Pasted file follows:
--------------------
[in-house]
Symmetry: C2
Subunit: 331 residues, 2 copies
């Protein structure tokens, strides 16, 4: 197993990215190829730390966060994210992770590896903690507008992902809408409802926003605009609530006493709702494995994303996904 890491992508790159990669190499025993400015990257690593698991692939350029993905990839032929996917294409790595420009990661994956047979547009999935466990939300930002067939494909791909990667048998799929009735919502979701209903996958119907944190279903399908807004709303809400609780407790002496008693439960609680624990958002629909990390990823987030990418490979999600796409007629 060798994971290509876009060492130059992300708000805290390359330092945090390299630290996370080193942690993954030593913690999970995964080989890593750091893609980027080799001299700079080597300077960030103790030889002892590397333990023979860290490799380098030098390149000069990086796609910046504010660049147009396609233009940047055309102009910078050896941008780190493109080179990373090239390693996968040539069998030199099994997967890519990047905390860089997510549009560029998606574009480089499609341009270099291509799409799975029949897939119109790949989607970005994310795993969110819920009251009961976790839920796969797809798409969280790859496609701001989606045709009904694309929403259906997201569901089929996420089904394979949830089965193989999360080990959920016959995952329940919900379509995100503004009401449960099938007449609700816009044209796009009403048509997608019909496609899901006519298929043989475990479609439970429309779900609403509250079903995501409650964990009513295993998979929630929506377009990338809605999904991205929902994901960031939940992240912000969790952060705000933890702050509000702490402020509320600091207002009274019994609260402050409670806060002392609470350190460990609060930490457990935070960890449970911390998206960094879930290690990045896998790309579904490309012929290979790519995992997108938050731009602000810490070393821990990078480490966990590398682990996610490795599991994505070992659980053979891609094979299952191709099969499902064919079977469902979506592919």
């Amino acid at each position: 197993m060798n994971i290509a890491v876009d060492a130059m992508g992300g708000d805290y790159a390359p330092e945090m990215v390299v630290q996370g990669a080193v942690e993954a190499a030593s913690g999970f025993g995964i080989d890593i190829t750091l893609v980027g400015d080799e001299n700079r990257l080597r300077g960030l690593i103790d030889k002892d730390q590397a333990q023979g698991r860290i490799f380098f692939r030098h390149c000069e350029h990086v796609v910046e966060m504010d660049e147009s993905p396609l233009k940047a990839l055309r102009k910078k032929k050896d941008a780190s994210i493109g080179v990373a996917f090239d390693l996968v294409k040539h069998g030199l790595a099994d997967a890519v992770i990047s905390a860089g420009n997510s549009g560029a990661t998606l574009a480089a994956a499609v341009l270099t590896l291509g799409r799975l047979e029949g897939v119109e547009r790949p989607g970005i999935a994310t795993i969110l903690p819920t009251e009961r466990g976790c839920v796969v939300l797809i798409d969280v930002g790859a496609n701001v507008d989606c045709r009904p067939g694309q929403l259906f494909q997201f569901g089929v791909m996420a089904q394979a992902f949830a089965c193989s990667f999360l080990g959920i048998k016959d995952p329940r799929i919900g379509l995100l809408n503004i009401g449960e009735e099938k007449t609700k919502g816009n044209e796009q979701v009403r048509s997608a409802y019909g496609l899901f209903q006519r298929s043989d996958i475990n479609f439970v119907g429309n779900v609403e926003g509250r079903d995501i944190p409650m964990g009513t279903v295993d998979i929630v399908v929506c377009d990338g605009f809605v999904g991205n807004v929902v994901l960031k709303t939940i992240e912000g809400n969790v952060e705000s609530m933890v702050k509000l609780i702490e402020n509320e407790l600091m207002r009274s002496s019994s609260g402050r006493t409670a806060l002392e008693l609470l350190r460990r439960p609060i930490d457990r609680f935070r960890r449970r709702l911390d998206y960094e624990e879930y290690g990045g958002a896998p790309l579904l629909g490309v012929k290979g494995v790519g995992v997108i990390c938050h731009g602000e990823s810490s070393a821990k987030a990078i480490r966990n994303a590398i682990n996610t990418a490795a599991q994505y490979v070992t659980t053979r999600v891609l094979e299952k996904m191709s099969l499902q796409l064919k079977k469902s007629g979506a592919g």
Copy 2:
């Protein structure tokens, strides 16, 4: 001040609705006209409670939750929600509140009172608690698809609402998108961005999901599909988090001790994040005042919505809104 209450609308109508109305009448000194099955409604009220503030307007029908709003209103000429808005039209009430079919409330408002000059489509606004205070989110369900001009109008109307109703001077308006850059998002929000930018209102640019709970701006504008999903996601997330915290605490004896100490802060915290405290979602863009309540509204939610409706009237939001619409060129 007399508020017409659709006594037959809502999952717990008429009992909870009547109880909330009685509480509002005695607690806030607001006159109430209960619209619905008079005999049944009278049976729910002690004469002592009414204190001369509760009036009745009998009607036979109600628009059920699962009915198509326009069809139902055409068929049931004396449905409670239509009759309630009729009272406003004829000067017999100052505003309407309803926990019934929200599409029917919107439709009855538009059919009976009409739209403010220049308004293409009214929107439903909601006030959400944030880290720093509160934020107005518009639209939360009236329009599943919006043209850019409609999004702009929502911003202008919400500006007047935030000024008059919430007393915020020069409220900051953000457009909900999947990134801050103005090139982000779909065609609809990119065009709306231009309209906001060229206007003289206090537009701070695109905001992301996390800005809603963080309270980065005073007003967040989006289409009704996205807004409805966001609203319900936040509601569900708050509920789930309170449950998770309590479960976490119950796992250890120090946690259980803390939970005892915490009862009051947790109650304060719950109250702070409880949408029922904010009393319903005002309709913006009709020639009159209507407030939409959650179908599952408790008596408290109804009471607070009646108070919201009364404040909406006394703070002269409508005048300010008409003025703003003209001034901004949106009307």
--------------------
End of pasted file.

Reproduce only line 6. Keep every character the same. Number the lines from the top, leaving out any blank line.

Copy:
Copy 2: